Processing speed deficits along with phonological awareness deficits have been identified as risk factors for dyslexia. This study was designed to examine the behavioral profiles of two groups, a younger (6-8 years) and an older (10-15 years) group of dyslexic children for the purposes of (1) evaluating the degree to which phonological awareness and processing speed deficits occur in the two developmental cohorts; (2) determining the strength of relationships between the groups' respective mean scores on cognitive tasks of phonological awareness and processing speed and their scores on component skills of reading; and (3) evaluating the degree to which phonological awareness and processing speed serve as concurrent predictors of component reading skills for each group. The mean scaled scores for both groups were similar on all but one processing speed task. The older group was significantly more depressed on a visual matching test of attention, scanning, and speed. Correlations between reading skills and the cognitive constructs were very similar for both age-groups. Neither of the two phonological awareness tasks correlated with either of the two processing speed tasks or with any of the three measures of reading. One of the two processing speed measures served as a concurrent predictor of word- and text-level reading in the younger, however, only the rapid naming measure functioned as a concurrent predictor of word reading in the older group. Conversely, phonological processing measures did not serve as concurrent predictors for word-level or text-level reading in either of the groups. Descriptive analyses of individual subjects' deficits in the domains of phonological awareness and processing speed revealed that (1) both linguistic and nonlinguistic processing speed deficits in the younger dyslexic children occurred at higher rates than deficits in phonological awareness and (2) cognitive deficits within and across these two domains were greater in the older

  12. Prenatal exposure to vapors of gasoline-ethanol blends causes few cognitive deficits in adult rats.

    PubMed

    Oshiro, W M; Beasley, T E; McDaniel, K L; Evansky, P A; Martin, S A; Moser, V C; Gilbert, M E; Bushnell, P J

    2015-01-01

    any choice reaction time measure. Finally, no response inhibition deficit was observed in a differential reinforcement of low rate (DRL) response schedule in males or females in the E15 or E85 experiments. In summary, prenatal exposure to these fuel blends produced few deficits in adult offspring on these cognitive tests. Significant effects found during a water maze probe trial and choice reaction time tests were observed at vapor concentrations of 6000 ppm or higher, a concentration that is 4-6 orders of magnitude higher than those associated with normal automotive fueling operations and garages. Similar effects were not consistently observed in a previous study of inhaled ethanol, and thus these effects cannot be attributed to the concentration of ethanol in the mixture.

  13. Insight into dopamine-dependent planning deficits in Parkinson's disease: A sharing of cognitive & sensory resources.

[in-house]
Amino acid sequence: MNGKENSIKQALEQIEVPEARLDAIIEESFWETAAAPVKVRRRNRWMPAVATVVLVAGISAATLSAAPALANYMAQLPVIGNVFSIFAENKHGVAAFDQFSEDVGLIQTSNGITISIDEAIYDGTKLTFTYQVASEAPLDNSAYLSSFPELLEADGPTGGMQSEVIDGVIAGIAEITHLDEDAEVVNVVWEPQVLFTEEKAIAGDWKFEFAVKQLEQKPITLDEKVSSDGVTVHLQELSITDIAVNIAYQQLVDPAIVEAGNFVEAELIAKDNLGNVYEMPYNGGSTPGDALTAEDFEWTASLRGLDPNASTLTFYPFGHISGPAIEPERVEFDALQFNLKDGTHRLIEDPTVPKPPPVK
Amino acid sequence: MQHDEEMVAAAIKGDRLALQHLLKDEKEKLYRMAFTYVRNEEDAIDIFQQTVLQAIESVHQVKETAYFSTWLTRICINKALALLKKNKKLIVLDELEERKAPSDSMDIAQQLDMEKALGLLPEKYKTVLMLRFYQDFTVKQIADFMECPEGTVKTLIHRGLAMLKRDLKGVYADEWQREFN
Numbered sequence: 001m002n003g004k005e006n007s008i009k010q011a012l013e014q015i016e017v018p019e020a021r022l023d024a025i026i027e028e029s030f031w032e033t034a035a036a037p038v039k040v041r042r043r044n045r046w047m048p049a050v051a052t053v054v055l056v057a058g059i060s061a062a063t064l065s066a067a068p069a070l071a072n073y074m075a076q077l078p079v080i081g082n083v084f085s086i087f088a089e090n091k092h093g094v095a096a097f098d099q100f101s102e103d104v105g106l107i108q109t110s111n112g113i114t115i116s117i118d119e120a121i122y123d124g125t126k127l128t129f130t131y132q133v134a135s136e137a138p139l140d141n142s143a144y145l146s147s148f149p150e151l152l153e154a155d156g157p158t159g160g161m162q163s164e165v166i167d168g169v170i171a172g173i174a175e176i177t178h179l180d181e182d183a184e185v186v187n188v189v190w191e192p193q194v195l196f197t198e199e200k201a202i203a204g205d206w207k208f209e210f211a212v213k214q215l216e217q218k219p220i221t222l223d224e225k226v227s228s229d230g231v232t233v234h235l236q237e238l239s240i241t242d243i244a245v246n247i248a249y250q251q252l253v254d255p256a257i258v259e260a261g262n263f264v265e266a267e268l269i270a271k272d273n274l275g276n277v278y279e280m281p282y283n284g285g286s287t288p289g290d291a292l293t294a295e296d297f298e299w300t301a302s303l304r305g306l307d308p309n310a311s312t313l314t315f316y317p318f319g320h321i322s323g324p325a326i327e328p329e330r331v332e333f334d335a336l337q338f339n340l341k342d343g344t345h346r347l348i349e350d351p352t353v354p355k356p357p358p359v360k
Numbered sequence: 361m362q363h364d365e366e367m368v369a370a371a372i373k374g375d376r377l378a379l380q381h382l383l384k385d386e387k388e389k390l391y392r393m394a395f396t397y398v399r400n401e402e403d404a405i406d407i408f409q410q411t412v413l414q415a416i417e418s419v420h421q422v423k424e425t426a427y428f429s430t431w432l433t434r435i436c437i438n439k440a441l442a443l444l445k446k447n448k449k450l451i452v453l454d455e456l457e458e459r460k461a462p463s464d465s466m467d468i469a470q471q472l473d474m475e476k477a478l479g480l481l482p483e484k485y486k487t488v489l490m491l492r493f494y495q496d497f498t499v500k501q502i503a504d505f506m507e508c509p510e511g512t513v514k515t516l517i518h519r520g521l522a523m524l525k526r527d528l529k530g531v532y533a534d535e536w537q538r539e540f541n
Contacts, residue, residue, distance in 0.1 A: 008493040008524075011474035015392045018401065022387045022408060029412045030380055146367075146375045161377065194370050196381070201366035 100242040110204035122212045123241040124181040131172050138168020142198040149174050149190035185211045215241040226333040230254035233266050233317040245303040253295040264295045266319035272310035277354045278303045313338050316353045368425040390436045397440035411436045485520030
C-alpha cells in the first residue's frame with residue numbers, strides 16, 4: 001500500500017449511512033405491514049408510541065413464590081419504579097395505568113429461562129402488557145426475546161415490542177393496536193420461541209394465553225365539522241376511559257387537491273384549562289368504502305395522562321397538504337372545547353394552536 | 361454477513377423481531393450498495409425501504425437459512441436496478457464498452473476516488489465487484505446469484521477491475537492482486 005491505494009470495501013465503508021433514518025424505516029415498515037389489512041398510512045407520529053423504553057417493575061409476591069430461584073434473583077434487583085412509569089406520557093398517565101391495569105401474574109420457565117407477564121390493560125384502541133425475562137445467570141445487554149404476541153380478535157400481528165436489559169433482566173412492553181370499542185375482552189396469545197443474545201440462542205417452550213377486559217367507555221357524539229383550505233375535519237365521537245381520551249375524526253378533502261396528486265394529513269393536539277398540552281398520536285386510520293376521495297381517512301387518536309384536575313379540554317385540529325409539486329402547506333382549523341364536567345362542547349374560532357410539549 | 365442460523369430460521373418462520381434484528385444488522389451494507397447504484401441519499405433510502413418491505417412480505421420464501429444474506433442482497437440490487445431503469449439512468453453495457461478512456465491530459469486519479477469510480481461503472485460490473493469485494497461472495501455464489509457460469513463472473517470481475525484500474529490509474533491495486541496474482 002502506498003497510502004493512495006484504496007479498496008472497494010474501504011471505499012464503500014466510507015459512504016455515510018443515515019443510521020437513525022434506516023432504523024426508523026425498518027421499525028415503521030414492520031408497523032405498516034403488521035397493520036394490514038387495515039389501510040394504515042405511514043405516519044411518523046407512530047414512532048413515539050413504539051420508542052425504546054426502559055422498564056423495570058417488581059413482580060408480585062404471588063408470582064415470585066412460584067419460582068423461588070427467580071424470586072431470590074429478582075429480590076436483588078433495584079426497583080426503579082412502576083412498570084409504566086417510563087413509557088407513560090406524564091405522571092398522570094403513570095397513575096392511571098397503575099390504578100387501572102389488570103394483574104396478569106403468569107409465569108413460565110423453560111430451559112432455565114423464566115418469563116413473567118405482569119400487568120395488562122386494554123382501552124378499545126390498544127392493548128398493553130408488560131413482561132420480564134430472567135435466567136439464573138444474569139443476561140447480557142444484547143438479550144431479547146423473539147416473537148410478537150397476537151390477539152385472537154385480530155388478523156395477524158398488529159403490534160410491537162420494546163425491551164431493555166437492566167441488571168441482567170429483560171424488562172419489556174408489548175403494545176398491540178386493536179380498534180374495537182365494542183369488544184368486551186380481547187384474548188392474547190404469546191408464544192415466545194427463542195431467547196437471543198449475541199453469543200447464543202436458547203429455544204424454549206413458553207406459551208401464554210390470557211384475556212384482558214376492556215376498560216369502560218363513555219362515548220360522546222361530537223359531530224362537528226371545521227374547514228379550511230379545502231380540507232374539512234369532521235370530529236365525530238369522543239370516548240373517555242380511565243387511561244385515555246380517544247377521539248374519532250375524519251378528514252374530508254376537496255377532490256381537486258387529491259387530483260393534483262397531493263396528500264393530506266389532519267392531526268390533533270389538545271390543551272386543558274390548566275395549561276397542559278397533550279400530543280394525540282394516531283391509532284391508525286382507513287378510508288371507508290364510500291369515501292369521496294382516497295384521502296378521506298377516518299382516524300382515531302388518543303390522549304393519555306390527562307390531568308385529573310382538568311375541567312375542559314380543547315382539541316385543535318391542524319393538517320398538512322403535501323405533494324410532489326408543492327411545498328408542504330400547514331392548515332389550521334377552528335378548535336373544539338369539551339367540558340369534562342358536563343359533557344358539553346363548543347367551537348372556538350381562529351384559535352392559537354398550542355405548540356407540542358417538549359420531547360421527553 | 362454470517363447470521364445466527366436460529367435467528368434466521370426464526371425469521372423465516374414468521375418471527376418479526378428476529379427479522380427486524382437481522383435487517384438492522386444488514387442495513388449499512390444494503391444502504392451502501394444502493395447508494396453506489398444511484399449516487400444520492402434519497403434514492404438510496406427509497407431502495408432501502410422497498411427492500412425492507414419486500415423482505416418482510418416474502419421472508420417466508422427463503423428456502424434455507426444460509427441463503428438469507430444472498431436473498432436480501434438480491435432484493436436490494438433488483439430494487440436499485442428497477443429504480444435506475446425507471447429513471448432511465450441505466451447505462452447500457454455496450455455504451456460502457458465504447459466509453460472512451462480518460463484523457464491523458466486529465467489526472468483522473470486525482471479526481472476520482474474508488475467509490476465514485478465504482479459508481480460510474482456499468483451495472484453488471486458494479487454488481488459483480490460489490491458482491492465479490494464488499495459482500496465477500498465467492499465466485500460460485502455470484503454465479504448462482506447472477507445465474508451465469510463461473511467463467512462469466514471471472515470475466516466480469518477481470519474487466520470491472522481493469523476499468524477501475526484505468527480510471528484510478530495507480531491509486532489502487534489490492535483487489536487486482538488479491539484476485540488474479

PubMed

    Pieruccini-Faria, F; Jones, J A; Almeida, Q J

    2016-03-24

    Cognitive and sensorimotor processes are both needed for successful planning of footsteps during complex gait situations, but the interaction between these factors during motor planning, as well as their response to dopaminergic treatment is poorly understood in Parkinson's disease (PD). In the current study, we evaluated walking and gaze behaviors of individuals with PD while planning an approach toward an obstacle to be stepped over. The obstacle clearance task was completed both ON and OFF dopaminergic medication by individuals with Parkinson's disease (n=20) and compared to healthy age-matched control participants (n=19), as well as with and without an auditory digit monitoring dual task. In this novel protocol of synchronized gaze and gait data collection, each trial was split into an early and late phase prior to the obstacle, providing a unique opportunity to examine dopamine-dependent planning deficits in PD. Interestingly, only patients in the OFF medication state showed greater deceleration in the late phase (i.e., just before the obstacle) (F(1,37)=45.42, p<0.001), as well as an increase in step time variability (also in this late phase) with the additional demands of a dual task (F(2,74)=3.49, p=0.035). Only gait deceleration between approaching phases improved with dopaminergic treatment (F(1,18)=59.20; p<0.001). Although groups showed different walking behaviors, gaze behaviors were the same for all participants, in that they planned for the obstacle more so in the early phase (p<0.05), and fixations were reduced across participants with the presence of the dual task (p<0.001). Surprisingly, the gaze behavior of the PD OFF group showed no interactions with phase or condition suggesting that the deceleration and increased variability when approaching an obstacle is the result of a greater demand for online sensory feedback that cannot be compensated for with visual strategies. We conclude that dopamine influences planning by limiting sensorimotor

  14. Mori Folium and Mori Fructus Mixture Attenuates High-Fat Diet-Induced Cognitive Deficits in Mice

    PubMed Central

    Jeong, Hyun Uk; Park, Gunhyuk; Kim, Hocheol; Lim, Yunsook; Oh, Myung Sook

    2015-01-01